Having suffered a sudden, unexpected heart attack at the age of 43, Mark Collins was out of hospital in a matter of days.
As the architect, now 50, explains: ‘It actually took the doctors a while to work out what had happened. I’d been having a particularly difficult time with a client at work, which had culminated in an argument.
‘The next thing I knew I was on the pavement outside, with a huge pain in my body, and being bundled into a taxi.
British Heart Foundation-backed research has found that heart attack patients all suffer major ‘emotional whiplash’ that reverberates long after their bodies have healed
‘At hospital, tests came back clear – I didn’t have high cholesterol, or heart disease, and they put me on a treadmill with one of those monitor machines which showed, in terms of cardiovascular health, I was fit as a fiddle.
‘In the end, they told me it was a heart attack triggered by stress.’
For Collins, a company director who oversees multi-million pound private home renovations, alongside billion pound commercial building projects, the physical recovery time was short.
The emotional toll of the event, however, was more profound.
‘It was so unexpected,’ he recalls. ‘I’d never really been to a doctor before that.
‘I don’t drink, or smoke. I take spin class and do some yoga. I work hard, I suppose I’m married to my job. But I like to socialise.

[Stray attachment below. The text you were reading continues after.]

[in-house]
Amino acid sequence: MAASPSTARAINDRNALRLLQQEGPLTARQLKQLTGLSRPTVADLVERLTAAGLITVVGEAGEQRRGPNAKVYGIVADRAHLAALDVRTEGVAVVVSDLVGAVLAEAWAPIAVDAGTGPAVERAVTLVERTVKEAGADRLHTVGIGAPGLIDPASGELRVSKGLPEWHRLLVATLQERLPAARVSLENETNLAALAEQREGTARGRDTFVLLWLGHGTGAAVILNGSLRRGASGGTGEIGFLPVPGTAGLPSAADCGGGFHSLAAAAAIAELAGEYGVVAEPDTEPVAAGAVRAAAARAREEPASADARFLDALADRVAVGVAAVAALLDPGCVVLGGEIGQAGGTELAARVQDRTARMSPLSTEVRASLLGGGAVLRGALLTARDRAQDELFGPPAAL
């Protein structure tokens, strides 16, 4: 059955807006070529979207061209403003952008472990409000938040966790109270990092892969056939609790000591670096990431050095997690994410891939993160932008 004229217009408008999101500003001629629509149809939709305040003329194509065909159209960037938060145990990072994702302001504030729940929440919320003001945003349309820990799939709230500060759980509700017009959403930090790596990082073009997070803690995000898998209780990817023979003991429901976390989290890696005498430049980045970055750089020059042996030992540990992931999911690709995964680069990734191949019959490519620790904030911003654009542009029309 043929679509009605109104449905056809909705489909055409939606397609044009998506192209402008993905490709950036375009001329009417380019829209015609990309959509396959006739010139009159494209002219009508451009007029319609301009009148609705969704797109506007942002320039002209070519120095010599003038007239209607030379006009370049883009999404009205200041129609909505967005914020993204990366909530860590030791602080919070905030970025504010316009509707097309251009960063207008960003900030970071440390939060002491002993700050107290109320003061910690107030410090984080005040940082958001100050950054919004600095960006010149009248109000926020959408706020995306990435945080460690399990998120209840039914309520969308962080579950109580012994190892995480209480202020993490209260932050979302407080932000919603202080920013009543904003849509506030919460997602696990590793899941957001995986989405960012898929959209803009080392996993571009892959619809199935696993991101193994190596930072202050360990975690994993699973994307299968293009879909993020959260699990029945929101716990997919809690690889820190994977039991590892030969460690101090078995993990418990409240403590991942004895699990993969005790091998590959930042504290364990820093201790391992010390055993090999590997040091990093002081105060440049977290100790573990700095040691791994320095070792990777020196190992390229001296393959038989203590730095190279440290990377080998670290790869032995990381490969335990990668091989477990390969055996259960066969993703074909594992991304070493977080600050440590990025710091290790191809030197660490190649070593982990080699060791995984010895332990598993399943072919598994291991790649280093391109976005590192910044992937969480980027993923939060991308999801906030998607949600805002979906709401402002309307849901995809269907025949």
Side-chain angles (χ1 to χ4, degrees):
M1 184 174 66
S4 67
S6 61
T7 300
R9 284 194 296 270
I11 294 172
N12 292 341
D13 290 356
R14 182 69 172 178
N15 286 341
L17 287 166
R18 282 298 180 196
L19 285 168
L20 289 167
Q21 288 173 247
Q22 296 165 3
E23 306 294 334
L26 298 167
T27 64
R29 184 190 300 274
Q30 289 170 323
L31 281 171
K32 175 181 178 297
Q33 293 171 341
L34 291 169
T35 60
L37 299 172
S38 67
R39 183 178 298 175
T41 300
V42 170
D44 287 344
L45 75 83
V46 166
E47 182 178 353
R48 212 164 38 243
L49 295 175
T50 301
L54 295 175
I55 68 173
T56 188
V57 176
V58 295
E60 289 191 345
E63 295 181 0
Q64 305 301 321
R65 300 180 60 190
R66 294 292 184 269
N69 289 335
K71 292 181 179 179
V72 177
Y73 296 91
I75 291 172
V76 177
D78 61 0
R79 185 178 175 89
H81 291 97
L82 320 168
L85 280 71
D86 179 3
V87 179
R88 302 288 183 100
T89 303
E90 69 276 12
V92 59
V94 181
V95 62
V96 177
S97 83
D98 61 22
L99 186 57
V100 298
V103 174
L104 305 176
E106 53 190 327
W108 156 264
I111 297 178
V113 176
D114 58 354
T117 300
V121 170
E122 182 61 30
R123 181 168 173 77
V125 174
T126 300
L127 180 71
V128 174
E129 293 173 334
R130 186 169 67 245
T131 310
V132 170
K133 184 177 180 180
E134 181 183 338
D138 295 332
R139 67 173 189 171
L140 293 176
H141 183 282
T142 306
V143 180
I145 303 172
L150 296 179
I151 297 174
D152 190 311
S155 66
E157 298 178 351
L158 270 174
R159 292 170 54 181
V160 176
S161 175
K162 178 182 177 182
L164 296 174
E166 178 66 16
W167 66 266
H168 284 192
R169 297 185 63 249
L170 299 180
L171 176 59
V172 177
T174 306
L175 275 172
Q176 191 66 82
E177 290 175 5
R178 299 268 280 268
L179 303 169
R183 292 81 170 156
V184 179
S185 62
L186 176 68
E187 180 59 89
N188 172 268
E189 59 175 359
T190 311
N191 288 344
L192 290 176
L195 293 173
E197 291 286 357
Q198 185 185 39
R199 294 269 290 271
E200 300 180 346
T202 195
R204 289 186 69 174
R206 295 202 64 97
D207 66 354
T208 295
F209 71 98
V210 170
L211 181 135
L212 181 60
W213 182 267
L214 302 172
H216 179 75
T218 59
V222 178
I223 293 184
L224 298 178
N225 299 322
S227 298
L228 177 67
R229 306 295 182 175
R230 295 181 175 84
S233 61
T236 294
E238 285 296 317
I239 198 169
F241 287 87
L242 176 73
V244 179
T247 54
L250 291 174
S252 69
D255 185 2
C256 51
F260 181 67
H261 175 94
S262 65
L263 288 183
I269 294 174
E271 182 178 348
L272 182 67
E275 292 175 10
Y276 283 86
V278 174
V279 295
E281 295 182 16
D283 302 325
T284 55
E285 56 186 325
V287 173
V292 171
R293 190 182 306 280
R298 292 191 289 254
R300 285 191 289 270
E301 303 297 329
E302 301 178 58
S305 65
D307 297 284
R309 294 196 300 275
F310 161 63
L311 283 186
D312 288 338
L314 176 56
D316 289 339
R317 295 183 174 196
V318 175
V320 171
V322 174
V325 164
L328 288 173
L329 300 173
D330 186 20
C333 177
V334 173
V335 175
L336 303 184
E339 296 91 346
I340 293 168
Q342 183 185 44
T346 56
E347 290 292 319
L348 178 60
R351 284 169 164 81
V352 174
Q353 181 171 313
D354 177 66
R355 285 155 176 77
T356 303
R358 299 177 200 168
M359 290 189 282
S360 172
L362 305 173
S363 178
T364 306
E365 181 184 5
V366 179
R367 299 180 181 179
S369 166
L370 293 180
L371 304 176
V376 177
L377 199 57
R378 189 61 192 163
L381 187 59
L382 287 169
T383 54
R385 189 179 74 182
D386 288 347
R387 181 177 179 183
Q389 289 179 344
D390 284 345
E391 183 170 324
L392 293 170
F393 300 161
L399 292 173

‘For the first time ever, really, I had to accept my mortality. My fallibility.
‘Although I look after myself, this happened anyway. It was out of my control. I was afraid to exercise, in case it happened again. I was scared to even go into a sauna.
‘When I told friends, I felt embarrassed, as if they were judging me, almost laughing at me. Many tried to make light of it, I suppose because it scared them.’
According to the study, 15 per cent of heart attack patients develop serious depression in the first few weeks after surviving a heart attack and another quarter experience milder levels of depression or anxiety symptoms
Did he feel depressed? ‘I felt incredibly… limited. It was at least a year before I felt able to have a glass of wine. Maybe that’s depression. I don’t know. I’ve had no ill health since, but I still dislike talking about it.’
If would be fair to say that most people struck by a serious illness will suffer some emotional impact.
Yet new British Heart Foundation-backed research has found that heart attack patients all suffer major ‘emotional whiplash’ that reverberates long after their bodies have healed.
According to the study, 15 per cent of heart attack patients develop serious depression in the first few weeks after surviving a heart attack and another quarter experience milder levels of depression or anxiety symptoms.
Four in ten of them will experience such a severe emotional response that they have around a two-fold risk of having another heart attack as a result.
Even more intriguingly, researchers found that it was the type of men seen as ‘alpha’ – dominant, strong and successful – who were most vulnerable.
Psychologist Dr Chris Wagstaff, part of the University of Portsmouth research team, said: ‘We found that after a cardiac event there is a real masculinity adjustment issue, an inability to accept and adjust to a body that was previously very superior physically.